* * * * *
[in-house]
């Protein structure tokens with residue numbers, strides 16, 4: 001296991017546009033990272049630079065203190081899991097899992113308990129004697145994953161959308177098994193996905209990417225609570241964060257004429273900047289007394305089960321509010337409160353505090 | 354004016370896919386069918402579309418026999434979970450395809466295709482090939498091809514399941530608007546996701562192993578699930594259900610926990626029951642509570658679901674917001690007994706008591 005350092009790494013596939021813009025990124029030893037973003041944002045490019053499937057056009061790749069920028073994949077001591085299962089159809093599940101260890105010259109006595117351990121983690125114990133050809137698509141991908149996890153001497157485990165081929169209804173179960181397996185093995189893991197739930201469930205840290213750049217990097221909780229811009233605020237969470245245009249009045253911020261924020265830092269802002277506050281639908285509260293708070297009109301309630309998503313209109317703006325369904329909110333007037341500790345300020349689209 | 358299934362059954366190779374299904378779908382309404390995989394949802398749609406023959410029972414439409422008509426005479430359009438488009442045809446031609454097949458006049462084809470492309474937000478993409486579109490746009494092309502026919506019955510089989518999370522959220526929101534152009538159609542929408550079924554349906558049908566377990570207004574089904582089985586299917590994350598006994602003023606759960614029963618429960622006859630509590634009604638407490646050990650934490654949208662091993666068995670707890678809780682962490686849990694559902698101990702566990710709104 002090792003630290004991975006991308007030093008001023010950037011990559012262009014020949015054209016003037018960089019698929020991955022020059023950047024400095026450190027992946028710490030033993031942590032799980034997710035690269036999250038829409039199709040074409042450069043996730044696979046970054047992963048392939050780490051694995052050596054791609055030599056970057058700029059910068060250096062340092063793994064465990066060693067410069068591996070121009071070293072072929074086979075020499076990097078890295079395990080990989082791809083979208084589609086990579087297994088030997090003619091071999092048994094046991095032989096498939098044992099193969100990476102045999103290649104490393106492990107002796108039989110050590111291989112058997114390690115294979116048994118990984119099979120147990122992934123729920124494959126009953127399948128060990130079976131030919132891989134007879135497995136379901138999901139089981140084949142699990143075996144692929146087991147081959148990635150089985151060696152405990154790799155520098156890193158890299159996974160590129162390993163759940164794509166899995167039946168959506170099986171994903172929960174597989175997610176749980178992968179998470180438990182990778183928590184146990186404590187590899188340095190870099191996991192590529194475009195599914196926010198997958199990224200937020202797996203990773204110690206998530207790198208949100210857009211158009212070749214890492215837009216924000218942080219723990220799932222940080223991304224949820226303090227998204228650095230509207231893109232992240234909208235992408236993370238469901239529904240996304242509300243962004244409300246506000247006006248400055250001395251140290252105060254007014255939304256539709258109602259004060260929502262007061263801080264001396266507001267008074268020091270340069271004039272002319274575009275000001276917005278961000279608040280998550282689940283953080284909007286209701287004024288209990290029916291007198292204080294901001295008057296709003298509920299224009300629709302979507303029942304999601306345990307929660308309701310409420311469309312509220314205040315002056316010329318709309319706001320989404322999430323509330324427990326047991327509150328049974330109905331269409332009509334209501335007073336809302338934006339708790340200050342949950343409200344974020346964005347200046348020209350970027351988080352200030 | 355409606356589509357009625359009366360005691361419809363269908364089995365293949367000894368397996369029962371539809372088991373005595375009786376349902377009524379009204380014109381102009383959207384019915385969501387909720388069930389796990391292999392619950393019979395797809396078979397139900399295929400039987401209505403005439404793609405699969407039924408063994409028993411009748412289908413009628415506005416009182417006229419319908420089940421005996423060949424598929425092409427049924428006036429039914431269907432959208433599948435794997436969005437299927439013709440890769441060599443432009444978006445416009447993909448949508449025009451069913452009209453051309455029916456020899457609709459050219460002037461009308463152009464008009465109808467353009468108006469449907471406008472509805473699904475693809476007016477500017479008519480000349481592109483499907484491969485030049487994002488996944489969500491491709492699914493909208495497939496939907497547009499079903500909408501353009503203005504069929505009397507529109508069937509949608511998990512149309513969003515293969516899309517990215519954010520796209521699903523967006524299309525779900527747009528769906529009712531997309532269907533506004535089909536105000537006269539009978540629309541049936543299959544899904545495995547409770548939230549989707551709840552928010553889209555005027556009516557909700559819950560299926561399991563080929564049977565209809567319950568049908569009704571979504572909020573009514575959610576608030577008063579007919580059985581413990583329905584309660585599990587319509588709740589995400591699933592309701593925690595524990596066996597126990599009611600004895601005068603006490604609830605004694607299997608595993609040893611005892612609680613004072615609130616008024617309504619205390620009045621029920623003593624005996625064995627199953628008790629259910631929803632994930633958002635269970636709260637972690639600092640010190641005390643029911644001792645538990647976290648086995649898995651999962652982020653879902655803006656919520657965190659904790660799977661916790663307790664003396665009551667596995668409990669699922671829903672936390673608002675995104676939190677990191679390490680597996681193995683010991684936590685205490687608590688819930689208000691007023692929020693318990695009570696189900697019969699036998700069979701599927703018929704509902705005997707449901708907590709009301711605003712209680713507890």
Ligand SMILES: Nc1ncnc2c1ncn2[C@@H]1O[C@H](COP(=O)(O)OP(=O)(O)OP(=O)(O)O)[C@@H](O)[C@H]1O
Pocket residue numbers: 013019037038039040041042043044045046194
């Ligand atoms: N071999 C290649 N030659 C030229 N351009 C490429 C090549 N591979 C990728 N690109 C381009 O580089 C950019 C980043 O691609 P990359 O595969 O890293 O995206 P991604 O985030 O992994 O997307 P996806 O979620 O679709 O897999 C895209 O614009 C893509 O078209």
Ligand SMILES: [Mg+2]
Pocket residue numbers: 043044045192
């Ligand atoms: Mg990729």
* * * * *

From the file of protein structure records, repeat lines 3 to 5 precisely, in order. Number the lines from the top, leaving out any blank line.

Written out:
Ligand SMILES: Nc1ncnc2c1ncn2[C@@H]1O[C@H](COP(=O)(O)OP(=O)(O)OP(=O)(O)O)[C@@H](O)[C@H]1O
Pocket residue numbers: 013019037038039040041042043044045046194
């Ligand atoms: N071999 C290649 N030659 C030229 N351009 C490429 C090549 N591979 C990728 N690109 C381009 O580089 C950019 C980043 O691609 P990359 O595969 O890293 O995206 P991604 O985030 O992994 O997307 P996806 O979620 O679709 O897999 C895209 O614009 C893509 O078209």